So far we have been discussing color, color spaces.  To contrast with these, below is a visual representation, also done in Chromix ColorThink, of a black and white color space.  Black and white is color (more on this in the next chapter, Composing in Black and White), but without hue and saturation.  Therefore, in a black and white color space only lightness is left as shown below:


In the diagrams above, the vertical L axis represents lightness.  The four horizontal colored lines indicate the directions in which yellow, magenta blue and cyan would be found if hues and saturation were present.  However, since they are not present only the lightness values are being displayed on the graph.  These lightness values are being represented as a vertical, tube-shaped color space. There is nothing else to display because black and white is color without hue and saturation.  Therefore, in a black and white color space, the only variable that is represented is lightness. 

To make visualizing a black and white color space easier, at center above is a close up of the central tube that forms a black and white color space. As you can see this tube is comparable to the black and white tube in the Munsell color system representations that we saw previously.  At right above is another projection of a black and white color space, this time superimposed onto a color, color space, in this case sRGB. The black and white color space is the vertical tube in the middle of the sRGB color space.  This is how small a black and white color space is.  The solid line at the bottom of the graph is the projection of the sRGB color space.  The projection of the black and white space is also present but hardly visible since it is no larger than the diameter of the central tube that represents the black and white color space.

Below is a third representation of the Munsell Color System, this time using a physical, three-dimensional model called the Munsell Color Tree.  This model is made and sold by Gretag McBeth.  This particular model is the one I own.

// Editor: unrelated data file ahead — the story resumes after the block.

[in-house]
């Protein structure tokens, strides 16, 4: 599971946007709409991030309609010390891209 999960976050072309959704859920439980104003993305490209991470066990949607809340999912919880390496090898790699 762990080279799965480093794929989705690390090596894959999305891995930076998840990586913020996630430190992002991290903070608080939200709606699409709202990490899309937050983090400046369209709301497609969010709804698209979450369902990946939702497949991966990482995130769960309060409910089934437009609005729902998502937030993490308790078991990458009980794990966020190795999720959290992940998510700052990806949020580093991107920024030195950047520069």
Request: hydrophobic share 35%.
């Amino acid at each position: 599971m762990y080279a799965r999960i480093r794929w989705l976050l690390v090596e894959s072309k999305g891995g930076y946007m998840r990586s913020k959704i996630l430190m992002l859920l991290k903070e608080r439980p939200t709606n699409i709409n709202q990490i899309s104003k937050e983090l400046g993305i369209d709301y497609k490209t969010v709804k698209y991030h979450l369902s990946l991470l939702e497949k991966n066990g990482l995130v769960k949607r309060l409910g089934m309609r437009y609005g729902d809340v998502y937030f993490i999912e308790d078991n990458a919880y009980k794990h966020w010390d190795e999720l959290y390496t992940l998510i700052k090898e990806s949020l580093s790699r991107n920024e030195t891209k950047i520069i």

This model consists of 10 transparent panes of acrylic on which are glued squares of color.  These squares represent the range of colors found in the Munsell Color System.  The image at right below shows all 10 panes photographed individually.  Each pane shows one color, as indicated under each pane, together with the variations in saturation and lightness within that color.


3D model of the Munsell Color System                   All 10  color sets of the Munsell Color System 

This physical model is made of wood and is mounted on a rotating base.  This makes it possible to rotate the model to see each pane.  The empty space between the panes allows the user to see the colors in each pane from the center to the edge of the color space.

The design of the Munsell Color Tree was chosen for practical purposes. In reality, there is no space between the panes. Instead, there are solid colors all around the model, from the center to the edges.  The image below is the 3 D drawing of the Munsell Color System as it actually is (we looked at this drawing previously).  This drawing is open in the front, meaning some of the colors were removed, so that we can see all the way to the core.  One of the problems of representing color spaces is showing the inside of the color space.  Since color spaces are continuous, meaning the colors touch each other, the only way to show the inside is to either do a crosscut, remove part of the colors in order to show inside the color space, create a wire frame model, or create a semi-transparent model.


This essay is part of Chapter 5 in Alain’s second book  Mastering Composition, Inspiration and Personal Style.  You can find more information about this book, and sign up for Alain’s pre-announcement list, at this link.

Alain will be teaching composition and color at the Digital Fine Art Summit this fall in Zion National Park together with Uwe Steinmueller and R. Mac Holbert.  A detailed description of the Summit, together with information on registration, is available at this link.